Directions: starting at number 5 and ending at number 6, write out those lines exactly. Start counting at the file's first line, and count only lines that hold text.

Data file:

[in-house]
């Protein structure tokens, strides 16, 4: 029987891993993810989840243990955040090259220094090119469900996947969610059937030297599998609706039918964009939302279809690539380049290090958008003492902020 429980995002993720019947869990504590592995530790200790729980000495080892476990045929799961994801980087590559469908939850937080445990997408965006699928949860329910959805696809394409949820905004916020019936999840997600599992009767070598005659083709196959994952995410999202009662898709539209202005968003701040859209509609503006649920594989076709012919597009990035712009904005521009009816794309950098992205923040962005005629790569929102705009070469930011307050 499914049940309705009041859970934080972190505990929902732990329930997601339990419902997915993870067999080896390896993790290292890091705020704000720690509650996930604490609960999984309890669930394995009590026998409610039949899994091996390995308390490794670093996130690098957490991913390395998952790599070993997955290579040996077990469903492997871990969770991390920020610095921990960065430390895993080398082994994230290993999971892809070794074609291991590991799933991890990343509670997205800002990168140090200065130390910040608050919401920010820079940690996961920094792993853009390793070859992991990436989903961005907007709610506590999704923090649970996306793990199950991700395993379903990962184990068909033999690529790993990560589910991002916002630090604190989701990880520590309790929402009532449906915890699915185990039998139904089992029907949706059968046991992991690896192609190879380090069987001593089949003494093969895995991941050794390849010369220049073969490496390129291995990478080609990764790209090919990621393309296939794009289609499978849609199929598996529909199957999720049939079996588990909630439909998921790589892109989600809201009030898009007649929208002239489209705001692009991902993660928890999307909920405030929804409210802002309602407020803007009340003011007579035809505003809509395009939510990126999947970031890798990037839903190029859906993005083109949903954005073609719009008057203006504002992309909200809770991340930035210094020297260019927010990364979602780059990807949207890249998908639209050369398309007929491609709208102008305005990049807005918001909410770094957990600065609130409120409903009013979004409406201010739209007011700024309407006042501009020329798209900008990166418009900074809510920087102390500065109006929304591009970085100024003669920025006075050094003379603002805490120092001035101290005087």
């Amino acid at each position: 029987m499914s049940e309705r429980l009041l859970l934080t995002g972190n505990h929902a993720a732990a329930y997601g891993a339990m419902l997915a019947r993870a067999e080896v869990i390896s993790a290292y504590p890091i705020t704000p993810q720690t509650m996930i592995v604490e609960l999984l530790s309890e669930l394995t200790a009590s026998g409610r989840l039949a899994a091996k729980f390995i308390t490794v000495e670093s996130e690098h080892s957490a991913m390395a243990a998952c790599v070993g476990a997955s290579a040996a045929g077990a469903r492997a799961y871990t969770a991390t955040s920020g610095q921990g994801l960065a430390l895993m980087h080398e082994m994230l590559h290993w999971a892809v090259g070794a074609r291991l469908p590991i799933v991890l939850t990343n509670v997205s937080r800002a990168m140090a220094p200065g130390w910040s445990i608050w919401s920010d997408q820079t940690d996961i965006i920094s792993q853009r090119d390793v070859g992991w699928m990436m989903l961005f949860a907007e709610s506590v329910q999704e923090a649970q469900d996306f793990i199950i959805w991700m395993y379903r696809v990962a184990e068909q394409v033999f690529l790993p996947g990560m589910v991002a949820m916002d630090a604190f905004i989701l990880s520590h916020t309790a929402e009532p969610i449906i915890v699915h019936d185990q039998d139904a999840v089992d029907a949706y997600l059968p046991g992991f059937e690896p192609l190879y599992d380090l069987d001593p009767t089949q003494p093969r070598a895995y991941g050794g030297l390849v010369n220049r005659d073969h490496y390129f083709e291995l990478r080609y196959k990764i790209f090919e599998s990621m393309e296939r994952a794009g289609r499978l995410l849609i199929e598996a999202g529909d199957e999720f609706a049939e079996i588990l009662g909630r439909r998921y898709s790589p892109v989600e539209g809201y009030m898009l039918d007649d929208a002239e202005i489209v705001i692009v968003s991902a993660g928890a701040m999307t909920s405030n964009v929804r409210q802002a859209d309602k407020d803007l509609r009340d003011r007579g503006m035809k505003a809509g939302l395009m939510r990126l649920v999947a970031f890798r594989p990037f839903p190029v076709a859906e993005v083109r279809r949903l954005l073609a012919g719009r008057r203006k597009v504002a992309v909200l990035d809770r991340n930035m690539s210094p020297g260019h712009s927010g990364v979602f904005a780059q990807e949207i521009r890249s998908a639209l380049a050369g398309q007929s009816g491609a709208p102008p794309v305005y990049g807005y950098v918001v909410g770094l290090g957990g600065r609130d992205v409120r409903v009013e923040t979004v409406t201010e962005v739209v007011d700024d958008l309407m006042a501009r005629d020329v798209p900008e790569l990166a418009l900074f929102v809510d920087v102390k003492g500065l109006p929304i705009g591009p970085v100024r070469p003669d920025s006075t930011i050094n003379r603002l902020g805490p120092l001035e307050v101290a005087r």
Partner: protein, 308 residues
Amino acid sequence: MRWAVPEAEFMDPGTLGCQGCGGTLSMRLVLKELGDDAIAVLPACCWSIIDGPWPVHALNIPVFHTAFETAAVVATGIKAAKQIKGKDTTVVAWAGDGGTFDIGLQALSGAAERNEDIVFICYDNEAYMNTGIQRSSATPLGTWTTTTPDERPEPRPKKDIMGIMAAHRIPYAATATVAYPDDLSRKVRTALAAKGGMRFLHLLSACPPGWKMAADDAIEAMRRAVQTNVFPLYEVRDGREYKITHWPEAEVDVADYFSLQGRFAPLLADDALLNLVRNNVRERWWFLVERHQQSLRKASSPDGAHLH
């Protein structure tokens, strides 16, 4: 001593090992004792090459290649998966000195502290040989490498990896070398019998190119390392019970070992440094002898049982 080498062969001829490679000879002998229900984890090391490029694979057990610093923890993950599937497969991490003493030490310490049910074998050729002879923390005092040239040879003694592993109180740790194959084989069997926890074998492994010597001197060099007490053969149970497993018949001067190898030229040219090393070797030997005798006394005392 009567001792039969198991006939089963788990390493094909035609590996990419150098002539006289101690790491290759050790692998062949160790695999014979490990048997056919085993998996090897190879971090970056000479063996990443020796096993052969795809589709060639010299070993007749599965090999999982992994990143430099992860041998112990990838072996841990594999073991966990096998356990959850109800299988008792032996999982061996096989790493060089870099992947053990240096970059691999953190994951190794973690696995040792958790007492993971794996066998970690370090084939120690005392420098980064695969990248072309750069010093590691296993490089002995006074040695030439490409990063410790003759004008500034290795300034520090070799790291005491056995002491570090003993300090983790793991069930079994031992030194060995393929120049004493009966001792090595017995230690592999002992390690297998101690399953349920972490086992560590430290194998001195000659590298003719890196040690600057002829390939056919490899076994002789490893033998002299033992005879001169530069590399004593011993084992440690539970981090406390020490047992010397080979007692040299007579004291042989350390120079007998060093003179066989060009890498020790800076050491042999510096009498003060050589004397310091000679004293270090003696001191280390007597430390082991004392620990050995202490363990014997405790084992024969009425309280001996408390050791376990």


Amino acid sequence: MRWAVPEAEFMDPGTLGCQGCGGTLSMRLVLKELGDDAIAVLPACCWSIIDGPWPVHALNIPVFHTAFETAAVVATGIKAAKQIKGKDTTVVAWAGDGGTFDIGLQALSGAAERNEDIVFICYDNEAYMNTGIQRSSATPLGTWTTTTPDERPEPRPKKDIMGIMAAHRIPYAATATVAYPDDLSRKVRTALAAKGGMRFLHLLSACPPGWKMAADDAIEAMRRAVQTNVFPLYEVRDGREYKITHWPEAEVDVADYFSLQGRFAPLLADDALLNLVRNNVRERWWFLVERHQQSLRKASSPDGAHLH
């Protein structure tokens, strides 16, 4: 001593090992004792090459290649998966000195502290040989490498990896070398019998190119390392019970070992440094002898049982 080498062969001829490679000879002998229900984890090391490029694979057990610093923890993950599937497969991490003493030490310490049910074998050729002879923390005092040239040879003694592993109180740790194959084989069997926890074998492994010597001197060099007490053969149970497993018949001067190898030229040219090393070797030997005798006394005392 009567001792039969198991006939089963788990390493094909035609590996990419150098002539006289101690790491290759050790692998062949160790695999014979490990048997056919085993998996090897190879971090970056000479063996990443020796096993052969795809589709060639010299070993007749599965090999999982992994990143430099992860041998112990990838072996841990594999073991966990096998356990959850109800299988008792032996999982061996096989790493060089870099992947053990240096970059691999953190994951190794973690696995040792958790007492993971794996066998970690370090084939120690005392420098980064695969990248072309750069010093590691296993490089002995006074040695030439490409990063410790003759004008500034290795300034520090070799790291005491056995002491570090003993300090983790793991069930079994031992030194060995393929120049004493009966001792090595017995230690592999002992390690297998101690399953349920972490086992560590430290194998001195000659590298003719890196040690600057002829390939056919490899076994002789490893033998002299033992005879001169530069590399004593011993084992440690539970981090406390020490047992010397080979007692040299007579004291042989350390120079007998060093003179066989060009890498020790800076050491042999510096009498003060050589004397310091000679004293270090003696001191280390007597430390082991004392620990050995202490363990014997405790084992024969009425309280001996408390050791376990």